A few weeks ago I decided to buy a new notebook. My old one, a Toshiba Satellite 4090 XCDT was a good friend for me. And running Linux on it was very easy.
First I thought I should buy a Toshiba again. But in these days there are many notebooks with a WXGA resolution. I don't like it, because the notebooks are getting very big with this display dimensions. I didn't want a standard XGA display either. After searching the web for a while I decided to get a SXGA notebook. I compared prices and Linux compatibility for different models and found this HP NC6120. The price machine I used told me the best price for Amazon. Then I thought, OK - let's have a look at ebay. And there I got it for 150 Euro less than at Amazon.
HP is supporting the Ubuntu community to adapt their distribution to this and a few more notebooks. First I tried Ubuntu on my new notebook. But I realized very early, that this is not my distribution. I'm using Debian now for a long time. And I also want to have it on my Notebook. Since Ubuntu is a Debian based distribution, I thought it should be easy to get Debian running. But this is not true. Hopefully the following hints will help some people out there to get happy with Debian on their NC6120. It is a great notebook!
The NC6120 is a nice and solid notebook. It has a nice and homebred design, keys and connectors in the right place and is easy to handle. I have no special negative experience with it. Only the BIOS, especially the VGA BIOS could be updated (See X11 section).
The surface of the notebook, right where the keyboard is located, is of some kind of metal or high quality plastics and feels very well. The temperature in this area is low, which makes the work more comfortable. A Dell Latitude D505 I use at work gets very hot on the left side. I don't like that, especially in the summer.
People often ask for the fan. I have to say, that the fan is running very often. So the NC6120 is not really a quite notebook. Of course I'm not an expert in notebooks, but I think it is more or less normal for a notebook of this power range. Compared to the Dell Latitude D505 I would say that they are on the same level concerning the fan usage. And the Dell has 100 MHz less than the HP. But I can't recommend this notebook for people looking for a quiet notebook.
The power of this computer is good. I used an AMD Athlon XP+ 1700 in my desktop before. Compared to that I don't miss anything. But I don't play games. What I'm doing is mainly eMail, Internet browsing, writing text and write/compile software. In this case compiling is the killer application. The speed is good except you are on battery and use the powersave governor ;-) .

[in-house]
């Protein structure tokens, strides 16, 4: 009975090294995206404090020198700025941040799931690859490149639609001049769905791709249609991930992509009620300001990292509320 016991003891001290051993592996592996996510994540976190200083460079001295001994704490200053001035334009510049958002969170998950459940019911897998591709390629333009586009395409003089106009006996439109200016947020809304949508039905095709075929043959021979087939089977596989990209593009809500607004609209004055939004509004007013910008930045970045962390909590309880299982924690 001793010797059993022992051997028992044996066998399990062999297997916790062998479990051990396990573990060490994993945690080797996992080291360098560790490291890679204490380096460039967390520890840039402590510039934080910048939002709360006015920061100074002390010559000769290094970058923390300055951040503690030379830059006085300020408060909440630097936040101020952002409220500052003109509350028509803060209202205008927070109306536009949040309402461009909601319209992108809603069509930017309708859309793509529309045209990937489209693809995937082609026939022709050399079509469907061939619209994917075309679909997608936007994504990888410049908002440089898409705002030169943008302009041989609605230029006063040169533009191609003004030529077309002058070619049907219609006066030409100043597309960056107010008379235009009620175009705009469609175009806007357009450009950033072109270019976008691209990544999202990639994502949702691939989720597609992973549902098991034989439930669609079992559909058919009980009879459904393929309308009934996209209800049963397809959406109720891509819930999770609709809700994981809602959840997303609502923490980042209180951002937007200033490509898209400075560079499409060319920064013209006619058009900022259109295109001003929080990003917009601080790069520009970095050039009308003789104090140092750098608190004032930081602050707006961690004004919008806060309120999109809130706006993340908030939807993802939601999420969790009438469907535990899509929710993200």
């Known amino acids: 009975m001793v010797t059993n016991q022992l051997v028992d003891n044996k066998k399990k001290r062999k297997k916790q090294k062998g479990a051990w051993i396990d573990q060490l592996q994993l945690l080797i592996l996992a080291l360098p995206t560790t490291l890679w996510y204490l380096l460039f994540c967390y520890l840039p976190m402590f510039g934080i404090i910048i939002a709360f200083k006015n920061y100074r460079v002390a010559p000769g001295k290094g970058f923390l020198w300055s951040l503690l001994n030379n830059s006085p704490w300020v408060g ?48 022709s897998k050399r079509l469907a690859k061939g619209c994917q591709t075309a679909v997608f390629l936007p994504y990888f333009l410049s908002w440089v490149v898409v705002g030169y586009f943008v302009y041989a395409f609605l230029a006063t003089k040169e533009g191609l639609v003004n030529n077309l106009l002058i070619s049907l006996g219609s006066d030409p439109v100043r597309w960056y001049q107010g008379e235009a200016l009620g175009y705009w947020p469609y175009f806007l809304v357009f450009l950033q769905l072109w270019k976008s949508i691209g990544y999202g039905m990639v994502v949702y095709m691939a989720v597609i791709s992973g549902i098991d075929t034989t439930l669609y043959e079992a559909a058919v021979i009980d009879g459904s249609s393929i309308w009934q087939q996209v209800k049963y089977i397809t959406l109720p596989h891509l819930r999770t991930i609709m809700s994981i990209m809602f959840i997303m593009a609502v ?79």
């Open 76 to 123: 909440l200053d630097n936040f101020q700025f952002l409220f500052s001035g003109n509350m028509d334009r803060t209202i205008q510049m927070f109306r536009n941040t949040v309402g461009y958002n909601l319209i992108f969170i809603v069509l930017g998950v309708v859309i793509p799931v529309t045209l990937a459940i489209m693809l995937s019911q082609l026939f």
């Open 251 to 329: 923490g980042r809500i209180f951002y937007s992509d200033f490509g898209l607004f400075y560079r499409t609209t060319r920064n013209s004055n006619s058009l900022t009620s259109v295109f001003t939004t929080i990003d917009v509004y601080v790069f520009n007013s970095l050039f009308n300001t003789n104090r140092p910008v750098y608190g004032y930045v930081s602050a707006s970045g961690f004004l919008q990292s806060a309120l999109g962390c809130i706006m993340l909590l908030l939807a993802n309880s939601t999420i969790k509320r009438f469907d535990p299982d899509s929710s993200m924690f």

The screen has a very good quality and is good for many hours of work. It has a good brightness. Maybe the lower area of the screen is a little bit more bright than the top. But that doesn't hurt.
I didn't measure the capacity of the standard battery yet. I think it's around 3 hours with permanent normal work, but I will check that later.
The loudspeakers are not too bad for a notebook. They are good enough to watch a film, but not to enjoy music. Compared to the Toshiba 4090 they are much better. But I still recommend some earphones or external loudspeakers.
The problems with the VGA BIOS are solved for me now, see the updates in the X11 section.
For the fan I can say that it is very quiet now. I use undervolting for the CPU now. It is great! See the Power management section for more information.
There are more pictures on the next page.
My NC6120 has the following technical data:
- 15 inch SXGA TFT (1400x1050)
- Intel Centrino (ICH6) chipset (Sonoma)
- Intel Pentium M 750 processor with 1.8 GHz
- 512 MB DDR Ram
- 60 GB hard disk (5400 rpm)
- CD-RW/DVD combo drive
- Bluetooth module
- Intel IPW 2200 WLAN
- Broadcom NetXtreme BCM5705M Gigabit Ethernet
- AC 97 modem
- IrDA port
- 4x USB, serial, parallel, TV out, VGA, Firewire, 2x CardBus,
- Modem, LAN, microphone, earphones, multi card reader
And here a short and a long version of the lspci output. To check the kernel modules which are used in my Debian installation, I created a list of them. Not all of them are necessary, of course. There are also some for NFS, IPSec and so on.
Here is a new list of loaded modules. Currently I use the 220.127.116.11 vanilla Kernel.
Again an updated list of the loaded modules. Now for Kernel 18.104.22.168.
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